Here's what the Administration should have, but didn't (and under present circumstances, couldn't) do. It didn't declare that AP I, Art. 75 is customary law applicable to ALL armed conflicts. It should have because it's the right thing to do. (In other words, what part of Art. 75's recitation of humane treatment obligations and judicial guarantees does the administration think should not be respected in armed conflicts involving non-State actors?) In fact, there is strong evidence that Art. 75 is customary law in all armed conflict. (See ICRC's Customary International Humanitarian Law study. See also the laundry list of non-international armed conflict war crimes in the Rome Statute, which the drafters adopted with the understanding that they constitute extant reflections of customary international humanitarian law. See also the jurisprudence of the ICJ, the ICTY, the ICTR and the pronouncements of international human rights treaty bodies on the applicability of human rights instruments in armed conflict, which instruments detail humane treatment and judicial guarantees parallel to those of Art. 75.) And finally, point 3: So why could the administration announce application of Art. 75 in international, but not non-international armed conflict? Easy. The U.S. is not presently involved in any international armed conflict and so, there is no question of non-compliance, with the possible exception of Taliban members detained from the time the Taliban controlled Afghanistan – a category that I don’t know to exist. But one simple reason they couldn't go the extra mile, even though they should have, is that the U.S. is out of compliance with Art. 75 in its non-international armed conflict with the Taliban and Al Qaida. And I think they know it. One of the important judicial guarantees in Art. 75 is the prohibition against ex post facto prosecution. The administration has made no secret of its discomfort with Military Commission crimes created after 9/11 that are being applied to pre-9/11 conduct. Another bit of evidence that Military Commissions cannot be squared with Art. 75 is reflected in the fallout from a parallel provision of the Geneva Conventions: Common Article 3's judicial guarantee provision. Recall that before the military commissions, we had a War Crimes Act. That law criminalized violations of Common Article 3. Then a funny thing happened to the War Crimes Act in the very same legislation that created the post-9/11 military commissions. The MCA re-wrote the War Crimes Act to remove violation of the judicial guarantees provision of Common Article 3. Why? Perhaps because the drafters knew that the military commissions don’t pass the smell test under Common Article 3. And there’s no reason to believe that the fragrance is better under AP I, Art. 75. B) Observations on AP II John notes that the Administration has also seen fit to renew its interest in Senate advice and consent to AP II. This is excellent news. It would be even more excellent if it came with the understanding, suggested by John, that the application of AP II provisions will extend to ALL non-international armed conflict – in other words, beyond to de jure borders of that treaty, which is generally understood to apply only to non-international armed conflicts in which rebel groups control territory. (AP II actually says that the non-State armed group must “exercise such control over a part of [a High Contracting Party’s] territory [so] as to enable them to carry out sustained and concerted military operations and to implement this Protocol.” Common Article 3, by contrast, has no such limitation.) But if the U.S. does attach an understanding to its AP II ratification that it will apply the treaty to all non-international armed conflict, then it will be out of compliance with that understanding as long as military commissions in their present form continue to grind out cases. This is because like Art. 75 of AP I, AP II also contains a judicial guarantees section, including the standard prohibition against ex post facto prosecution.  C) No Recommendation for Action on AP I Acceptance of Art. 75 aside, the Administration notably does not express the same enthusiasm for AP I as it does for AP II. The historic U.S. reticence to become party to AP I is largely a reaction to that treaty’s declaration that armed conflicts against colonial and racist regimes will be considered international armed conflict. This is a relic of the politics of the 1970s, when the APs were drafted. It has little practical significance. Contrary to fears of the U.S., the designation does not mandate recognition of a privilege of belligerency or entitlement to PoW status upon capture of non-State fighters. However, the ease with which critics of the treaty have, albeit inaccurately, tarred and feathered it as “giving rights to terrorists” surely means that no political capital will be expended on its ratification. D) Conclusion In short, the floor is rising toward the ceiling. Given the degree to which the customary law of non-international armed conflict has caught up with the customary law of international armed conflict, there is now little principled basis for States Party to the Geneva Conventions to balk at full-throated support for either AP I or AP II. The hitch for the U.S. appears to be the assumption that there are people who do not deserve the standard menu of judicial guarantees. That is both wrong as a matter of law and bad as a matter of policy.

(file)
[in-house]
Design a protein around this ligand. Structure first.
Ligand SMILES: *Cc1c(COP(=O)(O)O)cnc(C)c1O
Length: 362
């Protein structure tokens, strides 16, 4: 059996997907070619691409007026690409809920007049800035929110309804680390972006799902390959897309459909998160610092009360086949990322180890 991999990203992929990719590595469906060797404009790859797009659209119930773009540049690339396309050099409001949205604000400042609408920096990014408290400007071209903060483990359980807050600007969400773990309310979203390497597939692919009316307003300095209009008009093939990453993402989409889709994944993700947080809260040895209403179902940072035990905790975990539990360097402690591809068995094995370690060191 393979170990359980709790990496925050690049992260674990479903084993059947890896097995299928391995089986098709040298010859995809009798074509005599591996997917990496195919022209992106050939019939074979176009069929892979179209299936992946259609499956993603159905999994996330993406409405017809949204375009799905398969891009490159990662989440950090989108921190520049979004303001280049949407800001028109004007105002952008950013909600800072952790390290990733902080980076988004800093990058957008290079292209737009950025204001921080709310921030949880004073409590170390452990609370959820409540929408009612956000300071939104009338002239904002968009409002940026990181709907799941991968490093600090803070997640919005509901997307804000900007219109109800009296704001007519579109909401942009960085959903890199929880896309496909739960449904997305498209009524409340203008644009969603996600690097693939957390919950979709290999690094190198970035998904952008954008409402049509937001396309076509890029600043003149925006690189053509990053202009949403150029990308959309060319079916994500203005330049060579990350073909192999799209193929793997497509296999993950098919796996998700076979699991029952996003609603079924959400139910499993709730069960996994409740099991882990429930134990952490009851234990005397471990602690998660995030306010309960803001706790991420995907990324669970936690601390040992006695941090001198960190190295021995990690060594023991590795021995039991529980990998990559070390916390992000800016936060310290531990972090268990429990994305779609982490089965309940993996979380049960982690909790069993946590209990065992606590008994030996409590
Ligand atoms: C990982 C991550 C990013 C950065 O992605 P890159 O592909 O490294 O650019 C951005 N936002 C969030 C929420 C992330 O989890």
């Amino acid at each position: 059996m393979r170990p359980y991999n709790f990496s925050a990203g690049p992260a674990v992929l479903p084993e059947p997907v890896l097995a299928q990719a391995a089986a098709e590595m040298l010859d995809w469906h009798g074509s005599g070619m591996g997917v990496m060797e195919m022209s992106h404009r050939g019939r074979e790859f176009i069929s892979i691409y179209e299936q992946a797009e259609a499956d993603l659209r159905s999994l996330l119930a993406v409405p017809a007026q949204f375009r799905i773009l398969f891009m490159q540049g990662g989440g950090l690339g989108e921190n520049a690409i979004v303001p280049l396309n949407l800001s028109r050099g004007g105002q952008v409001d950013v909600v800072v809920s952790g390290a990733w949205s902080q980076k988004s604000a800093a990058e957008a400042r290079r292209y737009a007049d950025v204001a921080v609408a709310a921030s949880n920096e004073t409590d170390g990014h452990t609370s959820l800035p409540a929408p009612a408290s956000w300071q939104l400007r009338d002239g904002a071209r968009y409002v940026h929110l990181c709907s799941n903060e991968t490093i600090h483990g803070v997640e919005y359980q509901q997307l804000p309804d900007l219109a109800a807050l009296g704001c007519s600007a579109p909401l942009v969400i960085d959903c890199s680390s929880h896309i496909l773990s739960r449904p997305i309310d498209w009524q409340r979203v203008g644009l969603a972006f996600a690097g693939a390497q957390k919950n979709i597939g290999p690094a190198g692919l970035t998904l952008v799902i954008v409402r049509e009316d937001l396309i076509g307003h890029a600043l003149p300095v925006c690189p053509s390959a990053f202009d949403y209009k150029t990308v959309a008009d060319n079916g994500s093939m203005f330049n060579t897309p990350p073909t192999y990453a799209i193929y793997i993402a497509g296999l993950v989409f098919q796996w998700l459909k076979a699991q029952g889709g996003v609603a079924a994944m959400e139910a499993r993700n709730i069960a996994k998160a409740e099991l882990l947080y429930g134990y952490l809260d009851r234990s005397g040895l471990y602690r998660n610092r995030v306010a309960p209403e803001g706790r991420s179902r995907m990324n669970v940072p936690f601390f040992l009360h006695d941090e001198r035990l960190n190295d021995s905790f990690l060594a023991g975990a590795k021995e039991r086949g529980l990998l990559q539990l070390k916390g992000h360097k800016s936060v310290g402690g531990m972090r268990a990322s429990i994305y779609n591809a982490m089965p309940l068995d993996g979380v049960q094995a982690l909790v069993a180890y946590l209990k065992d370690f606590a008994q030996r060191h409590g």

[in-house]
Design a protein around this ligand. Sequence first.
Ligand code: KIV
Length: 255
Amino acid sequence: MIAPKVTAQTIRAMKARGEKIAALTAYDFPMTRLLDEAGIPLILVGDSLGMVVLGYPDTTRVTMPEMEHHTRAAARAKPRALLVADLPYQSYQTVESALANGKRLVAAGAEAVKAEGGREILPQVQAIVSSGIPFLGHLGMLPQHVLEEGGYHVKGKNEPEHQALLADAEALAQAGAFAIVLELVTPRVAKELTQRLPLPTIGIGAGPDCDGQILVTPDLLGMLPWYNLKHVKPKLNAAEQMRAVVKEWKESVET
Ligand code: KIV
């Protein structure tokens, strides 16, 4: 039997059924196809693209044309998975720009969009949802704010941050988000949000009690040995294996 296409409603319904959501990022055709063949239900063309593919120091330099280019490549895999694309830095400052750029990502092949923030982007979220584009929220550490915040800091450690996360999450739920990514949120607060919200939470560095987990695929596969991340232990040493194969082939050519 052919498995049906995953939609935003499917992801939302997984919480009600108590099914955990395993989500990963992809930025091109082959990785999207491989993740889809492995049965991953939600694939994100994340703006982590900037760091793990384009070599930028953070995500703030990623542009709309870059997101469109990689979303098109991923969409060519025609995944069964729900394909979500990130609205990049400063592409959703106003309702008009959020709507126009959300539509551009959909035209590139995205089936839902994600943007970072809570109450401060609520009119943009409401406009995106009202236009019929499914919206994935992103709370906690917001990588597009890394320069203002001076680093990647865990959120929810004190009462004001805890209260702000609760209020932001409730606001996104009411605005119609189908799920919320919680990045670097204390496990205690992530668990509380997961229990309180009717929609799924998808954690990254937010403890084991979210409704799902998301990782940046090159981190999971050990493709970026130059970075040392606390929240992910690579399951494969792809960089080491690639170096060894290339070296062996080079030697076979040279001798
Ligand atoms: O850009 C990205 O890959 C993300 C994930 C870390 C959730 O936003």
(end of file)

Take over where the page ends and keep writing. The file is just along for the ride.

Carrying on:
[Bobby again:] I'll limit my response to Part C) of Gabor's post, which contends that the "historic U.S. reticence to become party to AP I is largely a reaction to that treaty’s declaration that armed conflicts against colonial and racist regimes will be considered international armed conflict. This is a relic of the politics of the 1970s, when the APs were drafted. It has little practical significance."  I do not agree with that description; for a contrary perspective, I refer readers to Mike Newton's excellent article on this topic.

Robert (Bobby) Chesney is the Dean of the University of Texas School of Law, where he also holds the James A. Baker III Chair in the Rule of Law and World Affairs at UT. He is known internationally for his scholarship relating both to cybersecurity and national security. He is a co-founder of Lawfare, the nation’s leading online source for analysis of national security legal issues, and he co-hosts the popular show The National Security Law Podcast.